Are the North and South Poles getting Colder or Warmer?

  1. Speaking of "Polarization". . . .

    O. K. I am the FIRST to admit that the idea of space exploration fascinates me! Ask Spacenurse! She also holds a deep fascination with space ventures too! I really do not have a problem with have long-term goals to study the Moon and Mars and Saturn and Beyond! But NOT at the expense of studying the one planet that sustains us as we live and breath this very moment!

    The following is a 4/29/2005 New York Times article that briefly talks about this issue. I must say that I am impressed by New York Representative Sherwood Boehlert's comment. (By the way, check out Boehlert's Party Affiliation! There IS hope. . . .) Maybe cuts in "Earth Exploration" will NOT take place?!?!? Most certainly cuts SHOULD NOT take place.

    So. . . How cold or how warm are the North and South Poles getting?? We really do need to know the answer to this and many other similiar question. Such information is ultimately beneficial to you, me and everyone else on this dear planet we call "Earth".

    FYI - I like goose down coats. . . .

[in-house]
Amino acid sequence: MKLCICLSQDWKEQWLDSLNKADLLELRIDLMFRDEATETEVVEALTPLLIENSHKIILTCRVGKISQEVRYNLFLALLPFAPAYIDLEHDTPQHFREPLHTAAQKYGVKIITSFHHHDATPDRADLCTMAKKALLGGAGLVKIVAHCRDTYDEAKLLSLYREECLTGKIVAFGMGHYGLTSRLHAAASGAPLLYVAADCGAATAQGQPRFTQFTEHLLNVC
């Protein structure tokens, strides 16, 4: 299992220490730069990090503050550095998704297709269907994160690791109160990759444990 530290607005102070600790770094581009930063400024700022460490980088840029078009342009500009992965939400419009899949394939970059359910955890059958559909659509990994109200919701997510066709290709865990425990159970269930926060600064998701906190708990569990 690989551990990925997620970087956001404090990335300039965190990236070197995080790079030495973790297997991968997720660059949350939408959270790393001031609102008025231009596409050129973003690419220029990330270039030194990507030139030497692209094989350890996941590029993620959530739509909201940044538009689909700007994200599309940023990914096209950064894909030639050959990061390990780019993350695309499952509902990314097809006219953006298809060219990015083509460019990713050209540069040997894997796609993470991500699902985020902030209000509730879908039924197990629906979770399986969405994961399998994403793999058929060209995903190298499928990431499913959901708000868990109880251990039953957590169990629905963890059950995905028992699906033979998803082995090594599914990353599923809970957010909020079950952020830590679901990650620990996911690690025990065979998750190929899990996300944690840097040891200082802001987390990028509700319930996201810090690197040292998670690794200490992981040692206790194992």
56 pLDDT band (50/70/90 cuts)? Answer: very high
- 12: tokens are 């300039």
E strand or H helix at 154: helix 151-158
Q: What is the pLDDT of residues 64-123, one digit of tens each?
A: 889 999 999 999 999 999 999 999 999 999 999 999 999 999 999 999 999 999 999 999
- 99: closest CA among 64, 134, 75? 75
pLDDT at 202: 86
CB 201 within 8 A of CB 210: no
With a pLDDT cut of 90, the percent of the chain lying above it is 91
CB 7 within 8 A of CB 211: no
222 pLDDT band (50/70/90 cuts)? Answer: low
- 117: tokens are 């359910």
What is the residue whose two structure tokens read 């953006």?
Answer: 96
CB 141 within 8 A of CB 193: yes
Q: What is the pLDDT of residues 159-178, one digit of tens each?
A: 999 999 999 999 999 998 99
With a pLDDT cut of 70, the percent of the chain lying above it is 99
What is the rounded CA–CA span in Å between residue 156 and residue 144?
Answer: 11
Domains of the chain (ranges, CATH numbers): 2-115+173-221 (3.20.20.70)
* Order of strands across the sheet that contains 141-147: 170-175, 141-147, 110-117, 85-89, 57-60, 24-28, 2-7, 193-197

House Panel Examines Cuts in NASA Earth Studies

    By The New York Times

    Published: April 29, 2005

    WASHINGTON, April 28 - NASA's new quest to explore the Moon and Mars appears to be coming at the expense of studying a world closer at hand, scientists and lawmakers said Thursday.

    At a hearing of the House Science Committee, scientists and members of Congress said they were alarmed by recent cuts and delays in the Earth science program as the National Aeronautics and Space Administration shifted its focus to President Bush's ambitious plan to send astronauts back to the Moon and later to Mars.

    Representative Sherwood Boehlert, Republican of New York, who is chairman of the committee, said he was disturbed by NASA officials' statements that the agency's Earth studies were significant because they improved the ability to study other planets.

    "This is precisely backward," Mr. Boehlert said. "The planet that has to matter the most to us is the one we live on."